One observer of the Greek campaign has said that “you cannot change the soul of a people.” Signor Mussolini has tried to put iron into the Italian blood, but perhaps it is too soon to say – despite the Italian reverses – that he has failed. And it certainly seems altogether too soon to count Italy out of the war. Italy, it is true, has always been the Achilles heel of the Axis, but it is doubtful if she is ripe for revolution or ready for surrender; much more blood will have to be spilled and far more decisive defeated inflicted – defeated perhaps comparable to Caporetto – before she cries “Hold—enough.”
Moreover, there is danger of overestimating the Greek successes. There is no doubt that they have driven deep into Albania; they have captured or seem about to capture all the main Italian bases in the south, including one of Albania’s three principal seaports – Porto Edda – and they are still driving northward.
Defensive Line Seen as Aim
But we have been hearing accounts chiefly from the Greek side; only bare communiques telling of bitter struggle from the Italians. In the north General Ubaldo Soddu, Italian commander, is apparently trying to establish a defensive line that will hold along the Shkumbi River between Lake Ochrida and Elbasan – a naturally strong line; while in the south Italian troops seemingly are trying to extricate themselves from a Greek encircling drive around Argyrokastron and to build up a new line between Tepeleni and Khimara, covering the two roads that lead to the seaport of Valona.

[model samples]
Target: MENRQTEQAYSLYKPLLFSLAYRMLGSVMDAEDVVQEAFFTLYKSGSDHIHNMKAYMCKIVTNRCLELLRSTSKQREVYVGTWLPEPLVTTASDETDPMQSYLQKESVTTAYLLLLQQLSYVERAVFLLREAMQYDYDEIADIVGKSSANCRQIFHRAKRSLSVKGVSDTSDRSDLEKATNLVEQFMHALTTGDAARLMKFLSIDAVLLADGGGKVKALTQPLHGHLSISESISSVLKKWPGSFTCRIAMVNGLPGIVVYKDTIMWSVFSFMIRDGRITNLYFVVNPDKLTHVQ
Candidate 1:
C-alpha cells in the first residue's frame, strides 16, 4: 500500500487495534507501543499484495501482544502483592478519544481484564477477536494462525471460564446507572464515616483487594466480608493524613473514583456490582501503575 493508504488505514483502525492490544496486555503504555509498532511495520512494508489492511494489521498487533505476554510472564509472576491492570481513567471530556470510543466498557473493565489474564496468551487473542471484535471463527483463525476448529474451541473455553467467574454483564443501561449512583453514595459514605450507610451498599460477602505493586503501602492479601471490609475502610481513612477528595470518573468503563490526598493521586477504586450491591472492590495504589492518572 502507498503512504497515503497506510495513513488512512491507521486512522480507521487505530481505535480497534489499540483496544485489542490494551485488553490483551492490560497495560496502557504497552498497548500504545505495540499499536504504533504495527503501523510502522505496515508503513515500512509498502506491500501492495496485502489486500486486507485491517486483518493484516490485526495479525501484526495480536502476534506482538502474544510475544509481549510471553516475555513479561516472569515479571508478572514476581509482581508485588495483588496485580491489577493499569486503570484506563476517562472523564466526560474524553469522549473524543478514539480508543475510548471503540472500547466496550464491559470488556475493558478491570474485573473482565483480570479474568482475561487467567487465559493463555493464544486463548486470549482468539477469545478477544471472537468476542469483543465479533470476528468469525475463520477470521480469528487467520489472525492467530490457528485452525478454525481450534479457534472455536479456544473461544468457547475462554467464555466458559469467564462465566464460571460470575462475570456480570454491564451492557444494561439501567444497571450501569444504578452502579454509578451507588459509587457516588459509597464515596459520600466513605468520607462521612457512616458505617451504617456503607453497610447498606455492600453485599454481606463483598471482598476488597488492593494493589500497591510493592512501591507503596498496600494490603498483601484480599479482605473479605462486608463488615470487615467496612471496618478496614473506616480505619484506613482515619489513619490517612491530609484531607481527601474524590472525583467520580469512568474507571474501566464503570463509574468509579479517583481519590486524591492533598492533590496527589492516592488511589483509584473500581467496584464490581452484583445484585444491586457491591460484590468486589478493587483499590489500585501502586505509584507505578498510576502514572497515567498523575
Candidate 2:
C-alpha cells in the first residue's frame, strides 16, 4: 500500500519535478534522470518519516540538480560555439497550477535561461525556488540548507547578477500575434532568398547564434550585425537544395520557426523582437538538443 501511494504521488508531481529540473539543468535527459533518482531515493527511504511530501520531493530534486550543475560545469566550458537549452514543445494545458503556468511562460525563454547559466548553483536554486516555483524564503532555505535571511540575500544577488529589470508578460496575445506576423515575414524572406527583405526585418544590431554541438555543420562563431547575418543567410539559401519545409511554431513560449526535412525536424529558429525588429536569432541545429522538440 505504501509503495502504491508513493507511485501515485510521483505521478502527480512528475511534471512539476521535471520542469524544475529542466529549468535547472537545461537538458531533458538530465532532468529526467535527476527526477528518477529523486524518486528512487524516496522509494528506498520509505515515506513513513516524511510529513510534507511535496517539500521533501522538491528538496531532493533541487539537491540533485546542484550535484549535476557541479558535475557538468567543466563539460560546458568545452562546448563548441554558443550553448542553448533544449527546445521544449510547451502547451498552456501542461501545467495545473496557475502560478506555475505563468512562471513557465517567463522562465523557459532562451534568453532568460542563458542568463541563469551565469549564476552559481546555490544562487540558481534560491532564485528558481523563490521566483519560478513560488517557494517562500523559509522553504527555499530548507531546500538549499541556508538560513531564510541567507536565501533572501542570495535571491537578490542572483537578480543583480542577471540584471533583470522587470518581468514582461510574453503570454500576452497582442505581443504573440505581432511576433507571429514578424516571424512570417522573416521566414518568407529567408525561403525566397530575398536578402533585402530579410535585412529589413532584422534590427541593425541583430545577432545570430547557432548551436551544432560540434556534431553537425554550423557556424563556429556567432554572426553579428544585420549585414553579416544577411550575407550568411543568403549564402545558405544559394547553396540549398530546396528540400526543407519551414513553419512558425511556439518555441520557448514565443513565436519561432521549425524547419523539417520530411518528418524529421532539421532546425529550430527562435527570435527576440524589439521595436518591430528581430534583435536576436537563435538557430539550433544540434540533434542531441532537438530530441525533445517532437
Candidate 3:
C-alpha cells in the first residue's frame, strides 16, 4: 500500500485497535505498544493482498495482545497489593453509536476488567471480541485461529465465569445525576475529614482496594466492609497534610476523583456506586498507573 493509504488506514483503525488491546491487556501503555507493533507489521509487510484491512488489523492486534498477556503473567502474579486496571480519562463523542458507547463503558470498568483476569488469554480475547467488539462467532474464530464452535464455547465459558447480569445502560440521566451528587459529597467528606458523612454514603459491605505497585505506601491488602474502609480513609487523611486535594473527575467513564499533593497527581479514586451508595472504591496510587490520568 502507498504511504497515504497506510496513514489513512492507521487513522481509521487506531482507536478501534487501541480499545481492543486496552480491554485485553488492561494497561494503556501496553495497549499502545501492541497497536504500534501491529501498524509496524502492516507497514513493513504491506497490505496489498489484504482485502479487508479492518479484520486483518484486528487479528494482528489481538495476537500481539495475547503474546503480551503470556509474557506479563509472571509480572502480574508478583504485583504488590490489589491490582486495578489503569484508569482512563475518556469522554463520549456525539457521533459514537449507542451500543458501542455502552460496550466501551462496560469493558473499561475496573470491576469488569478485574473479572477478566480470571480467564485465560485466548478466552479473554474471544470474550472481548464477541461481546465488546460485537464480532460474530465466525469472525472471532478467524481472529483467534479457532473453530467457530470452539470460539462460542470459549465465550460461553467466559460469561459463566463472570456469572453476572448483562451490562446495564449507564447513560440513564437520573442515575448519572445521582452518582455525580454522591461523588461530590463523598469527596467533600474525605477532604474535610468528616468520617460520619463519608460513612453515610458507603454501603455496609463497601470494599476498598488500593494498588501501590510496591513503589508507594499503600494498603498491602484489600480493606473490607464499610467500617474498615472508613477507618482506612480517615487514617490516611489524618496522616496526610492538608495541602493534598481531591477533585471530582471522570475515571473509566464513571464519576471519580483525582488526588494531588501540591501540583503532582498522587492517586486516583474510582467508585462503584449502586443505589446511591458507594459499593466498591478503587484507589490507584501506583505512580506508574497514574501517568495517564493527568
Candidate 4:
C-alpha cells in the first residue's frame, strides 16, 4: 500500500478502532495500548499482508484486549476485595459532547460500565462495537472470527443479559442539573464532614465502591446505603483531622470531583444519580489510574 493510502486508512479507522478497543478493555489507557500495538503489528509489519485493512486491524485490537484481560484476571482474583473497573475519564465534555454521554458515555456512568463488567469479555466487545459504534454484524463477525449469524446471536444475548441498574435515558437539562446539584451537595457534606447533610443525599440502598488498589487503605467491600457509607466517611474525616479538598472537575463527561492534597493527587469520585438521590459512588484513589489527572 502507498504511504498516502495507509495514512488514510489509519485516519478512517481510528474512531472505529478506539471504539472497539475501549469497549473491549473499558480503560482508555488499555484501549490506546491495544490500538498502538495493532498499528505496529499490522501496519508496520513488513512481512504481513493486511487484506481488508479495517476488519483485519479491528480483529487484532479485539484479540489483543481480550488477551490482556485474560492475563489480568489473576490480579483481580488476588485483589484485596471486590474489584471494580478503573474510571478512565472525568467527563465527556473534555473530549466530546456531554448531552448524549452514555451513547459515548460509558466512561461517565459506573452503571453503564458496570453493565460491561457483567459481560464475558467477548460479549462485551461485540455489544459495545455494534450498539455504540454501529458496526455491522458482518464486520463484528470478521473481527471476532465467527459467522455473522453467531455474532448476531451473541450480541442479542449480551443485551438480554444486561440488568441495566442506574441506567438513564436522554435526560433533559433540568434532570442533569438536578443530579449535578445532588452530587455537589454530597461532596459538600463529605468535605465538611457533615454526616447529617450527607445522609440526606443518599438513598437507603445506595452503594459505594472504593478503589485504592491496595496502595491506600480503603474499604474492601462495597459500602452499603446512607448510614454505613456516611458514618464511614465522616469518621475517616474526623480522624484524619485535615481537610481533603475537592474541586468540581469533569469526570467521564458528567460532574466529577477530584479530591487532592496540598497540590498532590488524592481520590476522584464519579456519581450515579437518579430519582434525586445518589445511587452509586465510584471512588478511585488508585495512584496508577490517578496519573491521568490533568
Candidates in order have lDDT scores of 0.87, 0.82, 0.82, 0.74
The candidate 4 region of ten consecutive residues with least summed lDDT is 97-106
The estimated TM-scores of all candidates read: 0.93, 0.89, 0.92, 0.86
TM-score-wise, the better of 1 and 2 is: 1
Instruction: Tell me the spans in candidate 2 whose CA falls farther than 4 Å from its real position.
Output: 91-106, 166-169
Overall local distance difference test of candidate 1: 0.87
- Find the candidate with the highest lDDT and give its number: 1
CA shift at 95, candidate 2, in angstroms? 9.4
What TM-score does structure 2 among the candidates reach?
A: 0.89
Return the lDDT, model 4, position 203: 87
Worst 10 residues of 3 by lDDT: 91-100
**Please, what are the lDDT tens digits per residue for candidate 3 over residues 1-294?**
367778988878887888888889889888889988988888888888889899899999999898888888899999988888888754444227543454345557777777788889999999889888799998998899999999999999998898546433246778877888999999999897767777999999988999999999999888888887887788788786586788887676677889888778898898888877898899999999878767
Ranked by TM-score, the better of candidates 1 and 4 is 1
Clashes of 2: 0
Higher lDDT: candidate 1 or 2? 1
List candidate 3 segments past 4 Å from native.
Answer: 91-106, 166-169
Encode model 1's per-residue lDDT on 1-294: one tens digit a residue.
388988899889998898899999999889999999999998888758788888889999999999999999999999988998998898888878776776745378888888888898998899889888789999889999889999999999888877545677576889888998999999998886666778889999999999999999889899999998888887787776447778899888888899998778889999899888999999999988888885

Obviously General Soddu’s great objective now is to bring in enough reinforcements, not only to half the impetus of the Greek advance, but to hurl it back and initiate an Italian offensive. Moreover, there now well may be method in the Italian retreat. The Italians are still retreating, but they are fighting harder, and though they yield ground, their retreat does not appear to be that of disorganized individual units.
It may yet turn into that. If the Greeks can force the line of the Shkumbi and sweep westward to the sea they might well cut off the large Italian forces in Southern Albania. On the other hand, it is also quite possible that the Italians – steadily reinforcing their troops through the ports of Durazzo and San Giovanni di Medua – may be reserving the full force of a counter blow that seems unlikely to come until the Italians in Albania are in great strength and until, in Italian opinion, the Greek armies – constantly pushing deeper into difficult country – have overextended their lines of communication.
The Albanian campaign – which commenced forty days ago as the “Greek campaign” – has not yet, therefore, reached a decisive stage – though it may quickly do so.
Will you Support The Pappas Post for as little as the cost of a cup of coffee per month?
Is The Pappas Post worth $5 a month for all of the content you read? On any given month, we publish dozens of articles that educate, inform, entertain, inspire and enrich thousands who read The Pappas Post. I’m asking those who frequent the site to chip in and help keep the quality of our content high — and free. Visit our Patreon page and start your monthly support today.